In the lung, three C/EBPs, C/EBPα, C/EBPβ, and C/EBPδ, are highly expressed with various degrees of expression depending on protein subtypes, cell types, and/or developmental stages [15–18]. Similar to tumors of other organs, C/EBPα is described as a tumor suppressor in lung cancer [7, 19], while C/EBPβ regulates the expression of Matrix Metalloproteinase (MMP) 1 that mediates extracellular matrix remodeling and promotes tumor invasion . The role of C/EBPδ in lung carcinogenesis is not clear. Because of multiple forms of C/EBPs expressed in the lung, how C/EBPs as a whole contribute to lung carcinogenesis is not known.
A-C/EBP is a dominant negative form of C/EBP that contains leucine zipper dimerization domain and an acidic region, replacing the basic region of C/EBPs. A-C/EBP heterodimerizes with all C/EBP family members through the leucine zipper region of the B-ZIP, and the acidic region forms coiled coil structure to stabilize the heterodimer, thus blocking the DNA binding of C/EBPs . A transgenic mouse line (TetO-A-C/EBP) was established that expresses the A-C/EBP dominant negative gene  under the regulated control of the tetracycline operon (TetO) promoter . The TetO-A-C/EBP mice were further crossed with transgenic mice CCSP-rtTA that express the rtTA under the promoter of lung epithelial Clara cell-specific CCSP (SCGB1A1) gene . The progeny of this cross, named CCSP-rtTA;TetO-A-C/EBP mice were previously shown to highly express A-C/EBP in the presence of doxycycline and suppress the transcription of C/EBP-responsive genes such as secretoglobin 3a2 in lung [18, 22].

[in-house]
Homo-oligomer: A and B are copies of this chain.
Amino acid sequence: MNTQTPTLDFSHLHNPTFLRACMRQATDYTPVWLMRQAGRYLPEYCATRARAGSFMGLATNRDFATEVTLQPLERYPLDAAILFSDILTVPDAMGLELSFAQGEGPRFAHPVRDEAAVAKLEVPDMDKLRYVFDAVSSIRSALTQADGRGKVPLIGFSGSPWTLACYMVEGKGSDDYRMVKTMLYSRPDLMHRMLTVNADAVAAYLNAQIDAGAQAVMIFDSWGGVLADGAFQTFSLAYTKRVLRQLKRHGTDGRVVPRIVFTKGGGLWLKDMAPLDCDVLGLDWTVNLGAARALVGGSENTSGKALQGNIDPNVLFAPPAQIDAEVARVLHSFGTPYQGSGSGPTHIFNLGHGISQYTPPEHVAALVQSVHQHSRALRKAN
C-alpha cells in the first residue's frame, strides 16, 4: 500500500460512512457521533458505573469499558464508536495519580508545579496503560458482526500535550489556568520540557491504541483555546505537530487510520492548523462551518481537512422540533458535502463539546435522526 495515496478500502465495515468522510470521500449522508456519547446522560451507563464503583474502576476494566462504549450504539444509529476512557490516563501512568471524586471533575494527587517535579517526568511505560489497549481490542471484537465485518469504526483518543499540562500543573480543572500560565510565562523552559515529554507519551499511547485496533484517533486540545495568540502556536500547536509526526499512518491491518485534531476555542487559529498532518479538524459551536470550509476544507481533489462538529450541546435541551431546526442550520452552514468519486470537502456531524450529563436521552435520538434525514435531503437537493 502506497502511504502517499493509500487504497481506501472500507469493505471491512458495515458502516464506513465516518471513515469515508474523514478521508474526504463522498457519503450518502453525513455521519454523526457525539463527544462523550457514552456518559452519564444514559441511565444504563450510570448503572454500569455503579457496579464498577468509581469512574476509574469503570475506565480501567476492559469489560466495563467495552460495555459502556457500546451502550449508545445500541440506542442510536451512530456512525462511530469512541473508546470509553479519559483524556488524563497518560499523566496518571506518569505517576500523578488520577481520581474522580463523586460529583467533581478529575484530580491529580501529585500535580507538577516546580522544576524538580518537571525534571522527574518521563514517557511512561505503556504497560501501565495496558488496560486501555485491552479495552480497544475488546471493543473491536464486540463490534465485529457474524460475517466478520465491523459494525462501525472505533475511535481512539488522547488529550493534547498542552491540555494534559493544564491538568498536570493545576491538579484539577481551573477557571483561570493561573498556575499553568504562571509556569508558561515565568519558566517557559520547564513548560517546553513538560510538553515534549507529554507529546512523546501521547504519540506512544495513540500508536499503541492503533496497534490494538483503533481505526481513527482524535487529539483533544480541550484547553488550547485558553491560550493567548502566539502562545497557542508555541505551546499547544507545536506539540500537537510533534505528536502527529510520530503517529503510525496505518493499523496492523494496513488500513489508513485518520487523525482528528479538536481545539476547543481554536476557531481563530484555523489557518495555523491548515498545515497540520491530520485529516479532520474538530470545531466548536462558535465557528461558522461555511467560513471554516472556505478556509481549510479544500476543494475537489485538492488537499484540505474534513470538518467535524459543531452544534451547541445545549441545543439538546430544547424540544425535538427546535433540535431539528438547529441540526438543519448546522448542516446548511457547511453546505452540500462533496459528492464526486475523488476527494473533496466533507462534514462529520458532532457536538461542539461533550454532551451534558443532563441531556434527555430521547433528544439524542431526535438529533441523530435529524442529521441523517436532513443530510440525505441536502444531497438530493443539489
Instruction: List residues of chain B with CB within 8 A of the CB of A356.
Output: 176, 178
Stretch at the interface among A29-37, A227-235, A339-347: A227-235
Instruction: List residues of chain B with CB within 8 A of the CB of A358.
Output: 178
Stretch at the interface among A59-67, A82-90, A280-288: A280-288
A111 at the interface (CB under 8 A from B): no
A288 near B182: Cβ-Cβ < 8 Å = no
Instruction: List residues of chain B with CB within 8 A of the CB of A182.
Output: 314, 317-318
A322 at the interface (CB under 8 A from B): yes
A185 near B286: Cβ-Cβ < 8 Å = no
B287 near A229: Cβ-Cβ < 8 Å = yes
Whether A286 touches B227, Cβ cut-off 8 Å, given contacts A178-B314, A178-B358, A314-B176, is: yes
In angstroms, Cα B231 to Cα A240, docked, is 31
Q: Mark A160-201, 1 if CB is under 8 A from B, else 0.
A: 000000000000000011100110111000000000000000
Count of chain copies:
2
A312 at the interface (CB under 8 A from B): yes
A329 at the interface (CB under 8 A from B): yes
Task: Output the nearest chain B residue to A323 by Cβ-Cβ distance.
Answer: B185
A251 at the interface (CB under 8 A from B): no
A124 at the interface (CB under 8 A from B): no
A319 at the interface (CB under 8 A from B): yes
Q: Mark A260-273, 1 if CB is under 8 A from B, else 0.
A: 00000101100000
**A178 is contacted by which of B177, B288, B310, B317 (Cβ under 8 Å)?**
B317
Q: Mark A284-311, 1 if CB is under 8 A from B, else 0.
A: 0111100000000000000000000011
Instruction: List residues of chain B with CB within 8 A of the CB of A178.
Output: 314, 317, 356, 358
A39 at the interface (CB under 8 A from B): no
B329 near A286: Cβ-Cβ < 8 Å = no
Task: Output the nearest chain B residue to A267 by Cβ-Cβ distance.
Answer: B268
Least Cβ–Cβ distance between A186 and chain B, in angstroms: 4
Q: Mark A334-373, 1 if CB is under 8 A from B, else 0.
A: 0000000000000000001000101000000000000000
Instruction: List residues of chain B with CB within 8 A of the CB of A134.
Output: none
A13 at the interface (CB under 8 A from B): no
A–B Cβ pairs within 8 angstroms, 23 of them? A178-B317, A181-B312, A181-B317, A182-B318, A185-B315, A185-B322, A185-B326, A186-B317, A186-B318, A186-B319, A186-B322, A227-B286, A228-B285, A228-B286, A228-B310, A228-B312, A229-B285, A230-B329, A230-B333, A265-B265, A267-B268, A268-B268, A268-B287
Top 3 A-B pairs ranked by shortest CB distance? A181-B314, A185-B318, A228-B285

In this study, CCSP-rtTA;TetO-A-C/EBP mice were subjected to 4-(methylnitrosamino)-1-(3-pyridyl)-1-butanone (NNK)-induced lung carcinogenesis bioassay  in the presence and absence of doxycycline, and the effect of A-C/EBP expression on the development and/or progression of lung cancer was examined.
Tumor multiplicities/incidences in NNK or saline-treated A-C/EBP- or A-C/EBP+ mice fed Dox or regular diet and analyzed at 52 weeks post-NNK/saline administration
No. of mice
+ or -a)
Alveolar hyperplasia per mouse
Adenoma per mouse
Carcinoma per mouse
Adenoma and carcinoma per mouse
In order to confirm that A-C/EBP was indeed expressed in A-C/EBP+ mice, lung total RNAs were isolated from several mice at 52 weeks post-NNK for qRT-PCR analysis. The A-C/EBP+ mice kept under Dox diet had 2–10 x 106 fold higher A-C/EBP expression as compared to no expression of mice with regular diet (data not shown, Ct value 14–17 vs. 34–35, respectively). These results demonstrated that the expression of A-C/EBP in A-C/EBP+ mice did not have any effect on NNK-induced lung tumor multiplicity or incidence.
Tumor multiplicities/incidences in NNK-treated A-C/EBP- or A-C/EBP+ mice fed Dox or regular diet at 52 weeks post-NNK administration for additional 10 weeks and analyzed at 62 weeks post-NNK administration
No. of mice
+ or -a)
Alveolar hyperplasia per mouse
Adenoma per mouse
Carcinoma per mouse
Adenoma and carcinoma per mouse
95 (17) c